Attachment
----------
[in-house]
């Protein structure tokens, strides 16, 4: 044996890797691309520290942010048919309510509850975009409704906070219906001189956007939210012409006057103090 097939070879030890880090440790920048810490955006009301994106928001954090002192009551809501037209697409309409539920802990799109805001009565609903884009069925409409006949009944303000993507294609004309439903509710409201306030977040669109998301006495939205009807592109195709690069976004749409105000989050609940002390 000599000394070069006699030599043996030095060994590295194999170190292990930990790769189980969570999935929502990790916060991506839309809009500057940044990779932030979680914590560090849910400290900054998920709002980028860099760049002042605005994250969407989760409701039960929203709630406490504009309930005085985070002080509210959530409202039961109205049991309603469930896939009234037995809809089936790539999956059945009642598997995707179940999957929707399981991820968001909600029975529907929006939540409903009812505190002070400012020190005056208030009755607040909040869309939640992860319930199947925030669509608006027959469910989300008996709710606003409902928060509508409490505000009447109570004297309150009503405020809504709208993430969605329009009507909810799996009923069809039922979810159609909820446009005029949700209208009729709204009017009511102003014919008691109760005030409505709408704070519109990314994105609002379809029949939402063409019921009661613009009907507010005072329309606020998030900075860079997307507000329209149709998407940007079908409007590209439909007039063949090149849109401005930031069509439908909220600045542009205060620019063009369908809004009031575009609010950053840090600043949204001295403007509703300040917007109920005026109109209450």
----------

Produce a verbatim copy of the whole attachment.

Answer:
[in-house]
């Protein structure tokens, strides 16, 4: 044996890797691309520290942010048919309510509850975009409704906070219906001189956007939210012409006057103090 097939070879030890880090440790920048810490955006009301994106928001954090002192009551809501037209697409309409539920802990799109805001009565609903884009069925409409006949009944303000993507294609004309439903509710409201306030977040669109998301006495939205009807592109195709690069976004749409105000989050609940002390 000599000394070069006699030599043996030095060994590295194999170190292990930990790769189980969570999935929502990790916060991506839309809009500057940044990779932030979680914590560090849910400290900054998920709002980028860099760049002042605005994250969407989760409701039960929203709630406490504009309930005085985070002080509210959530409202039961109205049991309603469930896939009234037995809809089936790539999956059945009642598997995707179940999957929707399981991820968001909600029975529907929006939540409903009812505190002070400012020190005056208030009755607040909040869309939640992860319930199947925030669509608006027959469910989300008996709710606003409902928060509508409490505000009447109570004297309150009503405020809504709208993430969605329009009507909810799996009923069809039922979810159609909820446009005029949700209208009729709204009017009511102003014919008691109760005030409505709408704070519109990314994105609002379809029949939402063409019921009661613009009907507010005072329309606020998030900075860079997307507000329209149709998407940007079908409007590209439909007039063949090149849109401005930031069509439908909220600045542009205060620019063009369908809004009031575009609010950053840090600043949204001295403007509703300040917007109920005026109109209450």